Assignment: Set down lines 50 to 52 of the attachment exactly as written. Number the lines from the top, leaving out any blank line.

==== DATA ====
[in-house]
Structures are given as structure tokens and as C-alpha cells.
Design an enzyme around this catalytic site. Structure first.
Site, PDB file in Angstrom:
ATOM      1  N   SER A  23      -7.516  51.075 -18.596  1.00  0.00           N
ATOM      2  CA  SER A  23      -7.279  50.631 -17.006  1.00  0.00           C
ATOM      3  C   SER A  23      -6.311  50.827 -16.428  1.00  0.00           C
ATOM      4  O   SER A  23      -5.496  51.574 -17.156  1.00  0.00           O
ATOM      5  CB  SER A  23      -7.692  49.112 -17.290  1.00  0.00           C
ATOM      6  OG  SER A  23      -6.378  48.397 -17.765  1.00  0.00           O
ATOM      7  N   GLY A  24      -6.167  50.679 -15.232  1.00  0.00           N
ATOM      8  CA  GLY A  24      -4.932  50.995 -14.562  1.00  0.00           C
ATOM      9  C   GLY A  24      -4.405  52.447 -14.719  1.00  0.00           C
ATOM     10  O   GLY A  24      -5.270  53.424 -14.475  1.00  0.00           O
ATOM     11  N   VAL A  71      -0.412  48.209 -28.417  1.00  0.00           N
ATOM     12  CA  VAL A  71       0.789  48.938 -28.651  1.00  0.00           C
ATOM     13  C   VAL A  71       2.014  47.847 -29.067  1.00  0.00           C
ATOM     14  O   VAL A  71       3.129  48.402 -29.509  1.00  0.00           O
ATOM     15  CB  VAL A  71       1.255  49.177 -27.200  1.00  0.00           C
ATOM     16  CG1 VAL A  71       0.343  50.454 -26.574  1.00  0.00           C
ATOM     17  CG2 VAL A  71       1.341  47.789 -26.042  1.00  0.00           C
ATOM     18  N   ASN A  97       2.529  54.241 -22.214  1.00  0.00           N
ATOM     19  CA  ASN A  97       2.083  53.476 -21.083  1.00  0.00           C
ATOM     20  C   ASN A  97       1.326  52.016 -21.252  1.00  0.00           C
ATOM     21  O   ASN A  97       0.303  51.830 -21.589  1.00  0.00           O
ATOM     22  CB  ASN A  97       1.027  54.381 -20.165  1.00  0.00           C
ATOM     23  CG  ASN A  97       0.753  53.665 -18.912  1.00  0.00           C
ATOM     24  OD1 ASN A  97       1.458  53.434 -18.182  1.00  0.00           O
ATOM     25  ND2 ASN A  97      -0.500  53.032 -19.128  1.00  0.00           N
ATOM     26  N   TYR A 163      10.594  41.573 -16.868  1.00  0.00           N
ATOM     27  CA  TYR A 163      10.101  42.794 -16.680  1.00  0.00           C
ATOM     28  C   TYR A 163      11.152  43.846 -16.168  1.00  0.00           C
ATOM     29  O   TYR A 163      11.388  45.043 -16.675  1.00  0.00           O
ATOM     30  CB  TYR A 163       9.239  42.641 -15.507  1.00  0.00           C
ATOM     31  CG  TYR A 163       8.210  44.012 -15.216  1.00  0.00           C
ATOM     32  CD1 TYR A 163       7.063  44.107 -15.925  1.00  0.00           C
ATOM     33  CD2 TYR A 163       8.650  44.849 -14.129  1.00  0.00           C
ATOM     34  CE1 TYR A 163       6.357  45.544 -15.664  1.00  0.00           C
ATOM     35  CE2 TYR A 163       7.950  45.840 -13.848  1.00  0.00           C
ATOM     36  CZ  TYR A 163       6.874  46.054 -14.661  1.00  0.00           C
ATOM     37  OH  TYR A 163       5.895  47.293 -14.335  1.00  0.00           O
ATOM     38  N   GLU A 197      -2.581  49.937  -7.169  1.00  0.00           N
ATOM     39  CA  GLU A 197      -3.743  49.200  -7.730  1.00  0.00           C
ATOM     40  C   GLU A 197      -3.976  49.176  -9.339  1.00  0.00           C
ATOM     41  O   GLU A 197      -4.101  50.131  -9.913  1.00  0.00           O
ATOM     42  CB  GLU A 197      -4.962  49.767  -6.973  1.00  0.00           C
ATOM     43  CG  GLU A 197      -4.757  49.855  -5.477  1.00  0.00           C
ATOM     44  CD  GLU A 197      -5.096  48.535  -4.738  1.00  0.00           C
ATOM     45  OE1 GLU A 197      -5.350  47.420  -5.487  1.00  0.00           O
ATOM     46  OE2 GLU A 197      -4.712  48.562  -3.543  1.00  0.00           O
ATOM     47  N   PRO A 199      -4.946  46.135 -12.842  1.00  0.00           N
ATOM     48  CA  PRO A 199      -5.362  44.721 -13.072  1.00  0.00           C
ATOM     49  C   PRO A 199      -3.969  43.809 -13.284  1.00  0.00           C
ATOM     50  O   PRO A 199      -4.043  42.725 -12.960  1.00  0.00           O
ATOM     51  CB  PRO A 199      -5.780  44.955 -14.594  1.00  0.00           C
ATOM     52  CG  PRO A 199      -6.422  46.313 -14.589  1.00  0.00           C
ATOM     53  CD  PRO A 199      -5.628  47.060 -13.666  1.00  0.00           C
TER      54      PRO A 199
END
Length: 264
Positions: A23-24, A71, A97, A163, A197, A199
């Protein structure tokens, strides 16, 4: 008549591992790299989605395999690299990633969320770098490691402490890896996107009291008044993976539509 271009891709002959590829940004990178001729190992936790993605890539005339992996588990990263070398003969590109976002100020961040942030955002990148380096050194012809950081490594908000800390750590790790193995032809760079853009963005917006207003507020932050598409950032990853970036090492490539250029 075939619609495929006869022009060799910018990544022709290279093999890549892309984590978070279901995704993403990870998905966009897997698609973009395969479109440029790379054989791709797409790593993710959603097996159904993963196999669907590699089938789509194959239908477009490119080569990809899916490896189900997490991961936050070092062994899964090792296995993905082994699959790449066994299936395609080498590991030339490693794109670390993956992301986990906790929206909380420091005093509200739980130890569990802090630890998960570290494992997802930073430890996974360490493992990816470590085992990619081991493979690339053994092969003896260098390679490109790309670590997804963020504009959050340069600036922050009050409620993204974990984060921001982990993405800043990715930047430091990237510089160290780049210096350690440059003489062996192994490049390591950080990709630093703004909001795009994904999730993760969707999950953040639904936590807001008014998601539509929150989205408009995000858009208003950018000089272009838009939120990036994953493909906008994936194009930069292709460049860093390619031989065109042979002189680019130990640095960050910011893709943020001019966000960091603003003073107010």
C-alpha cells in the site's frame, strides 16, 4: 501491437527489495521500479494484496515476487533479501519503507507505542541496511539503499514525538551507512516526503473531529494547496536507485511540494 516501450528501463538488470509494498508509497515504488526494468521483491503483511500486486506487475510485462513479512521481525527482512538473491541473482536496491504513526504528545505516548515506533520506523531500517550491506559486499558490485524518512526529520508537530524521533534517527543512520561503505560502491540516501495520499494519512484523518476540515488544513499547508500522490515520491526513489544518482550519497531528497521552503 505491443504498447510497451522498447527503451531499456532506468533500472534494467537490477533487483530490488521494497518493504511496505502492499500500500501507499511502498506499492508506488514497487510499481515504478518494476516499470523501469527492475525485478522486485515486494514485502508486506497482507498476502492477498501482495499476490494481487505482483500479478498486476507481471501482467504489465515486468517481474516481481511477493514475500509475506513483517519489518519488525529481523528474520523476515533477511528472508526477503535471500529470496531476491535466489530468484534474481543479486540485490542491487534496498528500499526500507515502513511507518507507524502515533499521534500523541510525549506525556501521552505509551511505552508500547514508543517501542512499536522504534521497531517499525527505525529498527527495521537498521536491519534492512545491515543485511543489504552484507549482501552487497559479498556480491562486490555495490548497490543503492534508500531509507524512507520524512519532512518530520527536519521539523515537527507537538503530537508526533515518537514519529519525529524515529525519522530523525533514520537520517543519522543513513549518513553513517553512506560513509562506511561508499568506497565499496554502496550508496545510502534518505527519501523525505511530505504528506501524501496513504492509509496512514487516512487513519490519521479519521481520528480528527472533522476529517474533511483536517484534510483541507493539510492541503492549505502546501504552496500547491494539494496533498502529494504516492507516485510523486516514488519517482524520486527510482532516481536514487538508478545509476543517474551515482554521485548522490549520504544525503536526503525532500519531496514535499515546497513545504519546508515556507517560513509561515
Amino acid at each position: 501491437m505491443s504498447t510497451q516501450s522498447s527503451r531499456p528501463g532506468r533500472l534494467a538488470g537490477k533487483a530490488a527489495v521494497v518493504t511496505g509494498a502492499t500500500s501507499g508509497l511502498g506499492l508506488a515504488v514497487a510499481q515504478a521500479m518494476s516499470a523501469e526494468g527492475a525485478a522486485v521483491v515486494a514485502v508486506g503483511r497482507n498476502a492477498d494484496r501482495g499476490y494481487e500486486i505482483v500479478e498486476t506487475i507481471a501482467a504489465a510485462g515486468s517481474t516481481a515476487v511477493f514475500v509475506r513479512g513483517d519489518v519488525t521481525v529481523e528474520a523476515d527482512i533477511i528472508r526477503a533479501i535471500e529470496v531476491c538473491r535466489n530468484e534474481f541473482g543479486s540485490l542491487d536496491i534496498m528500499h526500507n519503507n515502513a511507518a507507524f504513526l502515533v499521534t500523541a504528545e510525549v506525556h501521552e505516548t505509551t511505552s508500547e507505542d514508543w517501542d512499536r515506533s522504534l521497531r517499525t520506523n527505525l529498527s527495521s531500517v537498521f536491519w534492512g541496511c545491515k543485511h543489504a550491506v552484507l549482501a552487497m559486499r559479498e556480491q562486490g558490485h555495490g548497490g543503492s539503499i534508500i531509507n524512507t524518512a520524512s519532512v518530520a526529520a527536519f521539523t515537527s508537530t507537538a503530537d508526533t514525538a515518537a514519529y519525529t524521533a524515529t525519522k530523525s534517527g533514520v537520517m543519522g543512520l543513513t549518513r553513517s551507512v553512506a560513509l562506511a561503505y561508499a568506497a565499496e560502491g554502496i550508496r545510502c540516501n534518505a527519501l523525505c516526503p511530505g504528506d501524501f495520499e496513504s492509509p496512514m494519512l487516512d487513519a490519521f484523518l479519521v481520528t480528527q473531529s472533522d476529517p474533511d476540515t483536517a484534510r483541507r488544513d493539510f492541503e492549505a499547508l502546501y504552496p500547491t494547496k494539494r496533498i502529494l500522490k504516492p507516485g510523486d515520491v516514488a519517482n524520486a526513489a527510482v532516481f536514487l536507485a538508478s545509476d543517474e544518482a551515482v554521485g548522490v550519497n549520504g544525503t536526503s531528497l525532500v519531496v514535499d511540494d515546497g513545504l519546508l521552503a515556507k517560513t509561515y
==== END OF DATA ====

ATOM     46  OE2 GLU A 197      -4.712  48.562  -3.543  1.00  0.00           O
ATOM     47  N   PRO A 199      -4.946  46.135 -12.842  1.00  0.00           N
ATOM     48  CA  PRO A 199      -5.362  44.721 -13.072  1.00  0.00           C